The Online Encyclopedia and Dictionary






Diffusion (anthropology)

The diffusion of ideas or artifacts from one culture to another is a well-attested and uncontroversial concept of cultural anthropology. For example, the practice of agriculture is widely believed to have diffused from somewhere in the Middle East to all of Eurasia, less than 10,000 years ago. Other established examples of diffusion include the smelting of iron in ancient times, and the use of cars in the 20th century.

In 1962, Everett Rogers published his seminal book on Diffusion of innovations. The book is now in its fifth edition and Rogers is widely regarded as the father of studies into how and why cultures adopt new innovations.

Mechanism of diffusion

Cultural diffusion can happen in many ways. Migrating populations will carry their culture with them. Ideas can be carried by trans-cultural visitors, such as merchants, explorers, soldiers, diplomats, slaves, hired artisans. Trans-cultural marriages between two neighnoring or interspersed cultures will also do the trick. Among literate societies, diffusion can happen through letters or books (and, in modern times, through other media as well).

Although migration is responsible for the mechanism of diffusion, diffusion does not actually occur until the culture practice is adopted the new group.

Diffusion disputes

While the concept of diffusion is well accepted in general, conjectures about the existence or the extent of diffusion in some specific contexts have been hotly disputed. Those disputed are fueled in part by the overuse of diffusion, starting in the late 19th century, as an explanation for all similarities between widely dispersed cultures. The most famous proponent of this theory was William Graham Sumner, who argued that civilization first formed in ancient Egypt and then diffused to other places.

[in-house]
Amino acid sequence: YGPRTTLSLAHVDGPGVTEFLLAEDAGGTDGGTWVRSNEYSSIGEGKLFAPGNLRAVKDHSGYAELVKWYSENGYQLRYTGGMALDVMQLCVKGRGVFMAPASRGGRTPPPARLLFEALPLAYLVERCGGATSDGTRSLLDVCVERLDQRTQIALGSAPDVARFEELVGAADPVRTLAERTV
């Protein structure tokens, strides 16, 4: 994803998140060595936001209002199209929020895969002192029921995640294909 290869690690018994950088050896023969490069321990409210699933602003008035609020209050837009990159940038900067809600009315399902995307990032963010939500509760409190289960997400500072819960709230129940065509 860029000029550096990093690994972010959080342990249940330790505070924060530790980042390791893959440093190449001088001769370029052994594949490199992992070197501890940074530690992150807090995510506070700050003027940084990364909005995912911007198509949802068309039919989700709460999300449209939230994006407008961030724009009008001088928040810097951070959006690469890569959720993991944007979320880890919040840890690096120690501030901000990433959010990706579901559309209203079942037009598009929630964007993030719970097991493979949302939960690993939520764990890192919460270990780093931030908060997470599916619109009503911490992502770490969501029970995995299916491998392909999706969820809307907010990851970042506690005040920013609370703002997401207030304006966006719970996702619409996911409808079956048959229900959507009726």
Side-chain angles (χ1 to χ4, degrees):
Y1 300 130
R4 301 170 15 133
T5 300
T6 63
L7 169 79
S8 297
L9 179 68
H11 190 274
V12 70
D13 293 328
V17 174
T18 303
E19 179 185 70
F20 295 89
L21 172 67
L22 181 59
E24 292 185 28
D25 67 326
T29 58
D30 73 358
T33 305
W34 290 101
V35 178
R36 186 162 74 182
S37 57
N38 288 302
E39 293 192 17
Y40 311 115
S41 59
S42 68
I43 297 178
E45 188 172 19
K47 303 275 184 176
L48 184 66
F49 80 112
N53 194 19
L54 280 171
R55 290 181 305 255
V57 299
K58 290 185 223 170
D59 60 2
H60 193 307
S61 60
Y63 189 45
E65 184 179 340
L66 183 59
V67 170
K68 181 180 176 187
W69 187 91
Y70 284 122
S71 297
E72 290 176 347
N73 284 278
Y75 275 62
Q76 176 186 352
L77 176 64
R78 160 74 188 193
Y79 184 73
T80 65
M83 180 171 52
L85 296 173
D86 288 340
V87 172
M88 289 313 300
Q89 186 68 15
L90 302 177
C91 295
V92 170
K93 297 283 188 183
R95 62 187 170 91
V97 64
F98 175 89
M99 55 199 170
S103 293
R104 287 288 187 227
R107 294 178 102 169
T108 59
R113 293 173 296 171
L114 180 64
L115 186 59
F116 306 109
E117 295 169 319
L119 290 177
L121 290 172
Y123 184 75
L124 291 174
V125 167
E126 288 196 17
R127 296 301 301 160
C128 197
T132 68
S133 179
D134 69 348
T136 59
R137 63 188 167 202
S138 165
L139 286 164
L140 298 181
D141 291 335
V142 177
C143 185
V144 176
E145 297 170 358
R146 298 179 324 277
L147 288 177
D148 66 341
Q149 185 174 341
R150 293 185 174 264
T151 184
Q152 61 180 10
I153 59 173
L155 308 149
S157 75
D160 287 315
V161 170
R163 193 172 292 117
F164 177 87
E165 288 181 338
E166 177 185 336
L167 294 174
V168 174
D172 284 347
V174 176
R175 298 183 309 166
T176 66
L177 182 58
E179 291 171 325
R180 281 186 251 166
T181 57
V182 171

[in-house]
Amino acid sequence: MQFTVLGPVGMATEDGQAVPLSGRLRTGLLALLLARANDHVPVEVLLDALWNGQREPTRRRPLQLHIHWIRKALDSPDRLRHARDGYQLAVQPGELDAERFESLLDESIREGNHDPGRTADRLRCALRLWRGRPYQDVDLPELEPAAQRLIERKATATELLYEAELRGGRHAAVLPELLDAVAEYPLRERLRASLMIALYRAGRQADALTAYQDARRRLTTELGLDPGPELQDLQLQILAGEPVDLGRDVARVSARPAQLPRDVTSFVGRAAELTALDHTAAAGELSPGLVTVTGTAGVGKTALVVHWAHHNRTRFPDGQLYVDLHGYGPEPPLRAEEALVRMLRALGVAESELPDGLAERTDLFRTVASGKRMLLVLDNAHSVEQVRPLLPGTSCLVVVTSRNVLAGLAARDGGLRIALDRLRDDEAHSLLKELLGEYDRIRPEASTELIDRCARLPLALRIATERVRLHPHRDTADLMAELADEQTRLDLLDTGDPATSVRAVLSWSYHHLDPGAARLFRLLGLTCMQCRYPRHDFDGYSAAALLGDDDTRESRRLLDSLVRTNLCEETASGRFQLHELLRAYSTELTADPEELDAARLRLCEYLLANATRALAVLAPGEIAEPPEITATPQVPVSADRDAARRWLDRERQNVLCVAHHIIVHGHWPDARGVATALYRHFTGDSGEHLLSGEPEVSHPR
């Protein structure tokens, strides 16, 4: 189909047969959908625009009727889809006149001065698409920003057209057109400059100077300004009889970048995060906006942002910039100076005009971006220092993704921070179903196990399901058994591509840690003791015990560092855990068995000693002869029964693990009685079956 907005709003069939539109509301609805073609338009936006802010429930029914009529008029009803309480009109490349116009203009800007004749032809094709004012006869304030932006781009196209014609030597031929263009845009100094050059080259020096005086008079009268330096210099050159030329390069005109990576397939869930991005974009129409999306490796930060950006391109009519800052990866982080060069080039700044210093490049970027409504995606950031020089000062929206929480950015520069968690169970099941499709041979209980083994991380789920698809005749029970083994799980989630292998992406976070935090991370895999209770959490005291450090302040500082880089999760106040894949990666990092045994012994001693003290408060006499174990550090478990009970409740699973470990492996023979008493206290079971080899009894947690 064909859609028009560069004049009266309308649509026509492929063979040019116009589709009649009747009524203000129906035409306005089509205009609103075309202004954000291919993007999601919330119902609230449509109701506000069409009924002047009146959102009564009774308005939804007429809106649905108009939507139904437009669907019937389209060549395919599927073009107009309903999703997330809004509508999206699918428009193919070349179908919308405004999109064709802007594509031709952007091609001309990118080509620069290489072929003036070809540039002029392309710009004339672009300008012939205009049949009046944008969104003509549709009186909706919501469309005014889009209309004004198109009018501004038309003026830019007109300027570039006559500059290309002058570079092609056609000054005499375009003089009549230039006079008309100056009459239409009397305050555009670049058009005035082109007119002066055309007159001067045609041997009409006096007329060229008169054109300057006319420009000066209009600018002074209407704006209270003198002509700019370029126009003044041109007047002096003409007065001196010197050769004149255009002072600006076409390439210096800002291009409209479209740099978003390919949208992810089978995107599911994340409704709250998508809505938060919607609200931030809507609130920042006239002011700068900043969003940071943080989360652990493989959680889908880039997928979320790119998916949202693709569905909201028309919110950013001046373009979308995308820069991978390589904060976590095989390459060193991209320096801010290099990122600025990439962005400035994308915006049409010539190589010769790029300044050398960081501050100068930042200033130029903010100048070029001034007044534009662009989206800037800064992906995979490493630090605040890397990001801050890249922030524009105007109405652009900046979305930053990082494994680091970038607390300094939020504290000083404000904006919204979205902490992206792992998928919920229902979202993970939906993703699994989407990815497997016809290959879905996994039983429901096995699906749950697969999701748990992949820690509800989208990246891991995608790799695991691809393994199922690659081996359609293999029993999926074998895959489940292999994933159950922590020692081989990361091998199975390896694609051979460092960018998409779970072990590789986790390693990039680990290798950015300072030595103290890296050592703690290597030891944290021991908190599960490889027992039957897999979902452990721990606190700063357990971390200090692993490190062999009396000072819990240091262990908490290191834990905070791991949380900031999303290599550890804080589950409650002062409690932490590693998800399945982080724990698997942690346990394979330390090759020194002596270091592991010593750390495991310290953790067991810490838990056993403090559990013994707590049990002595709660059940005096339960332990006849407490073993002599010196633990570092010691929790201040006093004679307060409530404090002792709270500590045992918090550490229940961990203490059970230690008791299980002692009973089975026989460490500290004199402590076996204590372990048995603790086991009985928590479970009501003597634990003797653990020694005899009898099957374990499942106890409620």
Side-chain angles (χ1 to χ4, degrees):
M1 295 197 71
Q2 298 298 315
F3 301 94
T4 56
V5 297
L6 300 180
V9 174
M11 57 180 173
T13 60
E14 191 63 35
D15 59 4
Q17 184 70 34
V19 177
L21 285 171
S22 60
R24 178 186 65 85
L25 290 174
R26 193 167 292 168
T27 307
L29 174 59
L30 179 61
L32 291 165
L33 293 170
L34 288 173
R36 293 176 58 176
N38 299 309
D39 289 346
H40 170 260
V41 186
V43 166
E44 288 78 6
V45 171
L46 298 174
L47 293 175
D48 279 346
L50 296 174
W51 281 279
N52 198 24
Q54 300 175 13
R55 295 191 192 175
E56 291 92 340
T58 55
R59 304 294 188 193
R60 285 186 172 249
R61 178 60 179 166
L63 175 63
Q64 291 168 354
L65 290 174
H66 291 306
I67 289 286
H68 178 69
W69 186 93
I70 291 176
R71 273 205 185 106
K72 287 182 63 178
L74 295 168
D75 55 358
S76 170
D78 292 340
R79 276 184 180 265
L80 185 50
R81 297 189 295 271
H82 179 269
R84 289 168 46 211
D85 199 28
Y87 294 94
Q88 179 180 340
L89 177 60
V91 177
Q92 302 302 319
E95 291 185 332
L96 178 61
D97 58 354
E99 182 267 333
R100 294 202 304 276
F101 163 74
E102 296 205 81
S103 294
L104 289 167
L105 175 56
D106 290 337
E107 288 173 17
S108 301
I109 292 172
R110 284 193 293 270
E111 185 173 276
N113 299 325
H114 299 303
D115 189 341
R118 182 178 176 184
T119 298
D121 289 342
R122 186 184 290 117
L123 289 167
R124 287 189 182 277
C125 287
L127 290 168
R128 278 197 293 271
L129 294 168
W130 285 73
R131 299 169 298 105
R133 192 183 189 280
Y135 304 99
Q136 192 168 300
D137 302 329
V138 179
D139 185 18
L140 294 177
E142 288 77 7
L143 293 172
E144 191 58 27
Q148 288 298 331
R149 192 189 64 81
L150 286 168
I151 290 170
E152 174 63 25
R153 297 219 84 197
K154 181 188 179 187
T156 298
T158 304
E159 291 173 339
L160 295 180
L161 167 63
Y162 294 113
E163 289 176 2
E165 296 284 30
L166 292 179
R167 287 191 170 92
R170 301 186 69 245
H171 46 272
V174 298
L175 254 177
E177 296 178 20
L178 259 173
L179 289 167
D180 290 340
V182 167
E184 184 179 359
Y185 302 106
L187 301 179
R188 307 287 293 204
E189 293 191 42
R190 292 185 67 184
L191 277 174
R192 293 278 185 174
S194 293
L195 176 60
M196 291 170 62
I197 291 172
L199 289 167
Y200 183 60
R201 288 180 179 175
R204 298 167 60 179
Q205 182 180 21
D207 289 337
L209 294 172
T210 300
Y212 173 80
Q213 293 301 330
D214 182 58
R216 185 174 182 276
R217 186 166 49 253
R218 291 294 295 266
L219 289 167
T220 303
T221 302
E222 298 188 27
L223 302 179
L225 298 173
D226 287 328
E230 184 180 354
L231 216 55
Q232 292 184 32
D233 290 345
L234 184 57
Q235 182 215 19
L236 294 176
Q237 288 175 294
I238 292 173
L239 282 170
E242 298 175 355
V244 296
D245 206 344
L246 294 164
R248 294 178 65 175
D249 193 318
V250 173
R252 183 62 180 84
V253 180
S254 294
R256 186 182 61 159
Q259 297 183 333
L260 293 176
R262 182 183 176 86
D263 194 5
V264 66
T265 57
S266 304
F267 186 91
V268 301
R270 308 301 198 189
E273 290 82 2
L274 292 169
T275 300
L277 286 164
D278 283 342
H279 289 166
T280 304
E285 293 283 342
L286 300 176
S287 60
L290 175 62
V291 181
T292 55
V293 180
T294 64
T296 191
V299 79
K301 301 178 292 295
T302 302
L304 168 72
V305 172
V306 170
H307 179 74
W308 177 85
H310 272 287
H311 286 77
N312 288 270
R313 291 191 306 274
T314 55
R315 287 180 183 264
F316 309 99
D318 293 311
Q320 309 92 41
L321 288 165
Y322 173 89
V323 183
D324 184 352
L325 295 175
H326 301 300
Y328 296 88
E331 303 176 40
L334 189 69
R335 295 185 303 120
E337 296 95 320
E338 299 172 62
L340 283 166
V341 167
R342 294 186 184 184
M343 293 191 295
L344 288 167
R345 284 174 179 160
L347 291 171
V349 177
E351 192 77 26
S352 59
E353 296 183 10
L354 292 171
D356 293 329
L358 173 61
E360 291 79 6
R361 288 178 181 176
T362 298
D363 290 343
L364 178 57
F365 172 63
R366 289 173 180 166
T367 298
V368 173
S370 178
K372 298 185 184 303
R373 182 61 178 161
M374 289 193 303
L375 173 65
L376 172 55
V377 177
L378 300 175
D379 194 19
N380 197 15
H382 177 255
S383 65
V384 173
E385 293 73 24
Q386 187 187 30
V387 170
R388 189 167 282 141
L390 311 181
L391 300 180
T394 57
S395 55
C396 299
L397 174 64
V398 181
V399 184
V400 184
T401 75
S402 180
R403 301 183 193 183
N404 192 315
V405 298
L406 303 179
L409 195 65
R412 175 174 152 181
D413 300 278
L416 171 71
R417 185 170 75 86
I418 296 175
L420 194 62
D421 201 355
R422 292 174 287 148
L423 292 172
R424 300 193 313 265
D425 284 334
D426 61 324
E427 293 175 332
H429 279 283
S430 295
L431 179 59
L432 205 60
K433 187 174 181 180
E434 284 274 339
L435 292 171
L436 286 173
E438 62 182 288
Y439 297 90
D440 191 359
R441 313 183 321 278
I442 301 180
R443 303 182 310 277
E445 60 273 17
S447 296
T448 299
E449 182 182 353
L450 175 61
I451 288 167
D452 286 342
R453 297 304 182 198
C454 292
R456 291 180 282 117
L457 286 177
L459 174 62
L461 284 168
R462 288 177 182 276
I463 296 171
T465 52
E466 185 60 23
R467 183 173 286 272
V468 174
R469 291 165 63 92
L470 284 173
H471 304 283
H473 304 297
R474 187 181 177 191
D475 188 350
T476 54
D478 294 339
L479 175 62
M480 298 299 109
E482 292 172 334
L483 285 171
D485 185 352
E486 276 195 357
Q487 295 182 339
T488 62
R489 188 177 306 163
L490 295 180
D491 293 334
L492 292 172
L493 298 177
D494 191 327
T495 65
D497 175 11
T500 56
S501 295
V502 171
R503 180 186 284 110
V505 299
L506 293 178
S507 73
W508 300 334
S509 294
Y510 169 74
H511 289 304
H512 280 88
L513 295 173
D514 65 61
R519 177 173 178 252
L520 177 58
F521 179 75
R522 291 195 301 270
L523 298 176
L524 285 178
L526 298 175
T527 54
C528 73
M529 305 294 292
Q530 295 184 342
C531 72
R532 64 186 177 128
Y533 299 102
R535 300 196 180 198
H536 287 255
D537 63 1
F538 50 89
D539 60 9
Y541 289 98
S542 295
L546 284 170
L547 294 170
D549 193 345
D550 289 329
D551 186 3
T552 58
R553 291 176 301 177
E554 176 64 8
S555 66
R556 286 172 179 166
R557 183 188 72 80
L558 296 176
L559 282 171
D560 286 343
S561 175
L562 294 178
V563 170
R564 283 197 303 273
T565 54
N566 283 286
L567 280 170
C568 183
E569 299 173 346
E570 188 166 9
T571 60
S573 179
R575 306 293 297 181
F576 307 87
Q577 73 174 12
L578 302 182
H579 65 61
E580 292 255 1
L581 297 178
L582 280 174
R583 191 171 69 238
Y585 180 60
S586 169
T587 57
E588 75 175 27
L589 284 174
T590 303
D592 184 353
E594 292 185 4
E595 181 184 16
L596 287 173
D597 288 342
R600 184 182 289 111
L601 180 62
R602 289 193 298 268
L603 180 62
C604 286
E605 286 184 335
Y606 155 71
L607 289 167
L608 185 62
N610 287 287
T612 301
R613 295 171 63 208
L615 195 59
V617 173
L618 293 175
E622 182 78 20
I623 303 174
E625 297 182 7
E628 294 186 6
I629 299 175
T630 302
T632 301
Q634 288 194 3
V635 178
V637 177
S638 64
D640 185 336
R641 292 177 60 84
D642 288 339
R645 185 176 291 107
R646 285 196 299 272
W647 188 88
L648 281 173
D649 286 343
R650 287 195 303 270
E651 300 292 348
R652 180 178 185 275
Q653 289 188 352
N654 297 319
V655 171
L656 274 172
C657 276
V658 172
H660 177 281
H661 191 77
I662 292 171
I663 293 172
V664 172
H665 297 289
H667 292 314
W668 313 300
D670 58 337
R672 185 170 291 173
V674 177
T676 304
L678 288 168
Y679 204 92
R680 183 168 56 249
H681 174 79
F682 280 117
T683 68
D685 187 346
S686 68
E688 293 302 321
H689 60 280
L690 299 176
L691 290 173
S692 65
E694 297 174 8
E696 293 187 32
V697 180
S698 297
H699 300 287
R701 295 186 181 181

A more recent proponent of this theory was Thor Heyerdahl, who argued that elements of Polynesian culture have their origins in ancient Peru.

The theory of diffusion has been criticized for being ethnocentric; it implies that people living in different places are not equally capable of innovation; that some people innovate and others copy. It has also been criticized for being speculative.

Today most anthropologists accept that diffusion occurs, but see it as one among many explanations for cross-cultural similarities. Even when diffusion occurs, the theory does not explain why it occurs -- in other words, why some ideas or artifacts diffuse, and others do not. Moreover, it does not explain how in the course of diffusion traits may be assigned new uses and meanings.

See also

Last updated: 04-29-2005 17:01:29